Emile Zola, The Debacle, trans. Leonard Tancook (New York, New York: Penguin, 1972), 46.

into Parisian society. The way that David attempts to enter society as the archetypal poet is also determined by society in its preset roles. His attempt is clearly doomed by the force of society around him. Fridrick in ‘A Sentimental Education’ is a puff of a character who goes through the shifts of society unable to make and dent in the world settling in the end to a abandonment of sophisticated society. Throughout his journey he is surrounded by others who are overdetermined by trauma and events in their past and who conform to their position in society. The fear of overdetermination was a new one when these books were being written. It was a new thing to find in literature this idea of characters who are so determined by material and social forces. In France at the time society was becoming more important to everyone. The industrial revolution began to knit the country close together. There was a new relation of the average citizen in the industrialized world where the fate he had was no longer the one of his caste. The average person had new freedom. Ironically though it seemed that this freedom was more conditioned then ever before was thought. The forces of the extremely sophisticated and developed French society were, as demonstrated in these novels, felt as suffocating. The pressures of a modern society were felt much sharper then in the older France. As well the scientific mindset was penetrating into the way man viewed himself. Man was begun to be viewed as an object to be observed as it was acted upon by materialistic forces. This new view of man combined with the new society to create a great fear of determinism. This was the demon that captured much of the century’s mind. The books bear out the fact of this force in the culture. This obsession of the time was not necessarily an appropriate or realistic one. The fatalism undoubtedly created its own determination in that people who felt they lacked freedom would be less likely to exercise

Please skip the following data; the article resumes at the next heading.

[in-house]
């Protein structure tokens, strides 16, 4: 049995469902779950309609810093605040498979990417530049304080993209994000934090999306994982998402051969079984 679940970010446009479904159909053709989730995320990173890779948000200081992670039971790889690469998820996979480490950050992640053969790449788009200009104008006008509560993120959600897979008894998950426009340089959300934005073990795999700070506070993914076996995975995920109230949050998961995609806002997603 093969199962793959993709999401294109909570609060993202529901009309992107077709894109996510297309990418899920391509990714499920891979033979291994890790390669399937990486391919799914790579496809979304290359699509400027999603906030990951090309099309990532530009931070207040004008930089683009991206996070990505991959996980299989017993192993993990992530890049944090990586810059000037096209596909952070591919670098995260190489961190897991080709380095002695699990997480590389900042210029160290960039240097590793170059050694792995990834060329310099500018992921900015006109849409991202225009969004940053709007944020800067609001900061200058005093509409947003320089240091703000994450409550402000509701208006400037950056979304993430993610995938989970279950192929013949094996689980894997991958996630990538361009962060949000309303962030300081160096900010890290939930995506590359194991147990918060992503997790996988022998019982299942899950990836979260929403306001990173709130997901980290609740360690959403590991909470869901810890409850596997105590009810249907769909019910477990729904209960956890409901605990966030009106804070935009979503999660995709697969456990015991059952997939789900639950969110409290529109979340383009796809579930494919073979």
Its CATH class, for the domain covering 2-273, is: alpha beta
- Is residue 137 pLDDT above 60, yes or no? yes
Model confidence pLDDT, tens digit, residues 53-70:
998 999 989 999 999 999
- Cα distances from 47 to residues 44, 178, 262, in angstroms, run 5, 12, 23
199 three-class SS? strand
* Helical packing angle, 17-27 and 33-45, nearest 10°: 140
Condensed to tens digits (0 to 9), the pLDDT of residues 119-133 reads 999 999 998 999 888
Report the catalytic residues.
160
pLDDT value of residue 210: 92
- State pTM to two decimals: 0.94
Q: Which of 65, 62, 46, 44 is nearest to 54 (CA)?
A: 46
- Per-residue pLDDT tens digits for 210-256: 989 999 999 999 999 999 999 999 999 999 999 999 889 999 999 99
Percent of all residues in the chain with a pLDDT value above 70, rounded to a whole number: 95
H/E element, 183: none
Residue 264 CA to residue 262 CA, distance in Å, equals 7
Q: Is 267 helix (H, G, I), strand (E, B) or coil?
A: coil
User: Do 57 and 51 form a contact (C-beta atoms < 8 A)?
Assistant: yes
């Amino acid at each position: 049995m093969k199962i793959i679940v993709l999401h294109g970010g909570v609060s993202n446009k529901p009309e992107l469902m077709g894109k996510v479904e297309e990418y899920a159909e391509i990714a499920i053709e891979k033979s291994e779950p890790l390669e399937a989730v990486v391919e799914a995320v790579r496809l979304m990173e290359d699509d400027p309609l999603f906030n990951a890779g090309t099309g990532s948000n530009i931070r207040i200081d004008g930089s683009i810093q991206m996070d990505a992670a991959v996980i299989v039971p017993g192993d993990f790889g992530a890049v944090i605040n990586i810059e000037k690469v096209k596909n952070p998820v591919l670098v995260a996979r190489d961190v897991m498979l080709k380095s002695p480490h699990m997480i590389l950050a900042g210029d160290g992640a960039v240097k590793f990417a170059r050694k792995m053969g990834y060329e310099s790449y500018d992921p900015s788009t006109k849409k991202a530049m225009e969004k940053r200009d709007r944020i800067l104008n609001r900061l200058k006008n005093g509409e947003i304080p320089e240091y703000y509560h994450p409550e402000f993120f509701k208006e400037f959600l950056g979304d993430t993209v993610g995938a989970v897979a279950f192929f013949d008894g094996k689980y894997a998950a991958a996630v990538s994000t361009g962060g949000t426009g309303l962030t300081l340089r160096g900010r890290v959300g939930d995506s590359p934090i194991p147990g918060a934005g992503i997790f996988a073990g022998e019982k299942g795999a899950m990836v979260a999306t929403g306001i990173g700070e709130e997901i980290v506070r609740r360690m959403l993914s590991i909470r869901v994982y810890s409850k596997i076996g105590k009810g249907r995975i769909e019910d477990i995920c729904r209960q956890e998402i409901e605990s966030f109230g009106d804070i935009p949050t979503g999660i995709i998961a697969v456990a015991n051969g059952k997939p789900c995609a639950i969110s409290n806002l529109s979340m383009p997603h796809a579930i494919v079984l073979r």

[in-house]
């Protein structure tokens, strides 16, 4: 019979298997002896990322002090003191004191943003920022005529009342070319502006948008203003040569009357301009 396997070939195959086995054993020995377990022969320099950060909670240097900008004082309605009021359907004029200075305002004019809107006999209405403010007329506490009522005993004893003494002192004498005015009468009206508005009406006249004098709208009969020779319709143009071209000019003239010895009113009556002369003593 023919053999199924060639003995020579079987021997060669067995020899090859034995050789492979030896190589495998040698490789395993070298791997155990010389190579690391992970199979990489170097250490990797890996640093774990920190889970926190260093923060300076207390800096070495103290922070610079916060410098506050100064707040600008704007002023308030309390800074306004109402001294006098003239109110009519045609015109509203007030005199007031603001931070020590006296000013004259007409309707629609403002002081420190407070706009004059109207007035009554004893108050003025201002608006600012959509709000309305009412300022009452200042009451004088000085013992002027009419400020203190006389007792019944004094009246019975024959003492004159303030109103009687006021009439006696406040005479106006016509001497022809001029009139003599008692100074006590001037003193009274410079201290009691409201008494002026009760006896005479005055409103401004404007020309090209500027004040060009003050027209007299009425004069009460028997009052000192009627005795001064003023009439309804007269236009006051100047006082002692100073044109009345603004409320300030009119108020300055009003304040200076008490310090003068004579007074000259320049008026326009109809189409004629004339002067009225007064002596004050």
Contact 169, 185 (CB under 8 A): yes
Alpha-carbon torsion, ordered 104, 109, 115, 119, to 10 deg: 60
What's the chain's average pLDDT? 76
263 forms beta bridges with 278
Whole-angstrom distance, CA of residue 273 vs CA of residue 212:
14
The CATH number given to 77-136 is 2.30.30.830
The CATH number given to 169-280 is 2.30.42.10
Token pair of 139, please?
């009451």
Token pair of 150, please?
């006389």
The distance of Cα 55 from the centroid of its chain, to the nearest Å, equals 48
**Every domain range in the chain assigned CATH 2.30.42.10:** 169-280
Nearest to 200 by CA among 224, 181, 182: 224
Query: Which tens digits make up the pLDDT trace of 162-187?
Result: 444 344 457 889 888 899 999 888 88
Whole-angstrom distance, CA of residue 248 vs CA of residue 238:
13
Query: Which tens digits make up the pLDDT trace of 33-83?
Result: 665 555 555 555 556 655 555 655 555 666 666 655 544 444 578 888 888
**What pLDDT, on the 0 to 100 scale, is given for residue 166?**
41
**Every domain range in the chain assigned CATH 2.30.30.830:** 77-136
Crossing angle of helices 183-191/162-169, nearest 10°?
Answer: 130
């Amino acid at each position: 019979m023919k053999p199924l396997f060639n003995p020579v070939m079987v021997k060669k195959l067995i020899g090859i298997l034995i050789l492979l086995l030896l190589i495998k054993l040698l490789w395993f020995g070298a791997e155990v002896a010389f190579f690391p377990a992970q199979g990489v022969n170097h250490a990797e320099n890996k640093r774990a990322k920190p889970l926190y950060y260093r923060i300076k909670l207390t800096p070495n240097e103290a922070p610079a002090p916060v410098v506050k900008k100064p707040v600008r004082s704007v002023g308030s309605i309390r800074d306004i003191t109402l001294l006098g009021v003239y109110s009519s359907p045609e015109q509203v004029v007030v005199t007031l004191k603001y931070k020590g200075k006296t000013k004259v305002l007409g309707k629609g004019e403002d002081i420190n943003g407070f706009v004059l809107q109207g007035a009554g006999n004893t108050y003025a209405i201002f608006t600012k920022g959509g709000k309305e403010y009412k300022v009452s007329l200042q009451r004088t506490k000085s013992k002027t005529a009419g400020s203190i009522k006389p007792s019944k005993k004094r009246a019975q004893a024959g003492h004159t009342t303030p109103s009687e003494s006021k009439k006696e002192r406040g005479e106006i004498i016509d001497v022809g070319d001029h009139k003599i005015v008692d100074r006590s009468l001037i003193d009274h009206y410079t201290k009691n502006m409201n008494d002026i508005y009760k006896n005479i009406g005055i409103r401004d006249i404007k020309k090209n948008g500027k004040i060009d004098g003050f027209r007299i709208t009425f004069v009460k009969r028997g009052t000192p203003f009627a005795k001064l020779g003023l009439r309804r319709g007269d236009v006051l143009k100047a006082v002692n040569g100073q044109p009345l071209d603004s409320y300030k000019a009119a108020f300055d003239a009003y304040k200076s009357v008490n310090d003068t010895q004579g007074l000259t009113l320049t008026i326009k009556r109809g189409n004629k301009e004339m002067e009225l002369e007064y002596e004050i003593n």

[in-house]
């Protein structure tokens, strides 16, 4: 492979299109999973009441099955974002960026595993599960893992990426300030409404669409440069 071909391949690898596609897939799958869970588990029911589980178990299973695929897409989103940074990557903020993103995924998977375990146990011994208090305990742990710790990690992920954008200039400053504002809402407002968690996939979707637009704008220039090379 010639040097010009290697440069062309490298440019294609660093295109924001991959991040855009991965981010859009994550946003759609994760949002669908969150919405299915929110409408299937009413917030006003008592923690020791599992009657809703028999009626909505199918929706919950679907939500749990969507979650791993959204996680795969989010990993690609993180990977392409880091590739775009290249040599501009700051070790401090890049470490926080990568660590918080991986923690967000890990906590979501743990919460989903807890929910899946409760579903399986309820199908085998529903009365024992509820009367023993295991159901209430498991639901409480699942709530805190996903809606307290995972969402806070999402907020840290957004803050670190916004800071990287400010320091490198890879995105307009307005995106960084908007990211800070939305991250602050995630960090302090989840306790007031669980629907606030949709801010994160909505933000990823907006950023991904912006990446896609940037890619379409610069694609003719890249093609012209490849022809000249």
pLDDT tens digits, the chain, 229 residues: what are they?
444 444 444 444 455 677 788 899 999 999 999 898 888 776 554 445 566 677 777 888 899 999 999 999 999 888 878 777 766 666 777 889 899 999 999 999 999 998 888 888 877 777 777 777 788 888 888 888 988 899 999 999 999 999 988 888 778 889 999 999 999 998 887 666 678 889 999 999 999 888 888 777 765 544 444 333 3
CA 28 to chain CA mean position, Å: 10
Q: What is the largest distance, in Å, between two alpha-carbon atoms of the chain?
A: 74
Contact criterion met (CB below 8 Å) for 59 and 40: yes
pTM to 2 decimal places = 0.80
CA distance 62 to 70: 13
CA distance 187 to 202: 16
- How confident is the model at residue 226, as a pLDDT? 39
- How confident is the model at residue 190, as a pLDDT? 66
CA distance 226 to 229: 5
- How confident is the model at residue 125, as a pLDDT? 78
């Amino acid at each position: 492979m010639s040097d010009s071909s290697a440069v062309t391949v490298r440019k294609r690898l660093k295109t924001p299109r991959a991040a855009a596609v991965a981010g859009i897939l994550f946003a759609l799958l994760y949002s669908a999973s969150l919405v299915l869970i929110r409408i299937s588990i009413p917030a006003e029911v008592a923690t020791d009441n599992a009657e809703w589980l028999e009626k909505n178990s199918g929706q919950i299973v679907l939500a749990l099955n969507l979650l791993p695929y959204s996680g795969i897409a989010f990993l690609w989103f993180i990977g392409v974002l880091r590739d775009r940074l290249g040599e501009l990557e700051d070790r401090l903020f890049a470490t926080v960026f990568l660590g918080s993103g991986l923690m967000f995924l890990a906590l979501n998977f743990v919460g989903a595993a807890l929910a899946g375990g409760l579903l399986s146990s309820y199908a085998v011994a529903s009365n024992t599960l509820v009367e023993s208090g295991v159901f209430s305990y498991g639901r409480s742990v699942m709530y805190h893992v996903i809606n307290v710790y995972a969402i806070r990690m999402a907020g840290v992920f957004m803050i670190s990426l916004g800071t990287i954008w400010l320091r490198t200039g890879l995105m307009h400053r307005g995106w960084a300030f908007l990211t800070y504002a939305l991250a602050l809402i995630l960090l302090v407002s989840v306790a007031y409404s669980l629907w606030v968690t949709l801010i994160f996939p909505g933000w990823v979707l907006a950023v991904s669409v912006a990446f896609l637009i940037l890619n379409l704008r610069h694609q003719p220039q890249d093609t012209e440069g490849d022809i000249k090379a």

any opportunities that came along. It is perfectly possible of course that this obsession was only a creation of the elites but even if this was so the obsession was broadcast to the general public through works such as these novels which made sure that the ideas and concerns were known by everyone. These ideas undeniably touched the way life was lived whether they emerged from the bottom or from the top of society. Reading these novels gives the historian a feel for exactly how the ideas were felt in experience. In all of the three novels there is a negative view of people as they relate to commerce. There is a poisoning of regular people through. Men are made coarse and mean and hypocritical through their search for money. All three authors have this understanding regardless of their personal politics. In ‘The Debacle’ Fouchard the uncle of Maurice refuses to sell food and drink to starving soldiers because he thinks he can get more from the Germans. The mill owner Delacherch changes his support from Louis Napoleon and even becomes sympathetic to the invading Germans because his trading has been hurt. In ‘Lost Illusions’ Jerome-Nicolas Sechard is a character completely circumscribed by commerce. His narrow mind has come to live completely within commerce without any other interest. He is so suffused with mindless mercantilism that he cheats his own son overcharging him for his worthless business. Some of the color of the anti-comercial feeling of the time is here perhaps in this character. There is a sense that commerce limits people and makes them crude. All of the novels have characters that are narrowed by commerce like this. ‘Sentimental Education’ portrays a world suffused with mercantilism and commerce. The character Fredrick is constantly noting the clothing of people around him. The act of love is conditioned by commerce as mistresses and coquettes are gained and lost through money. All of the characters are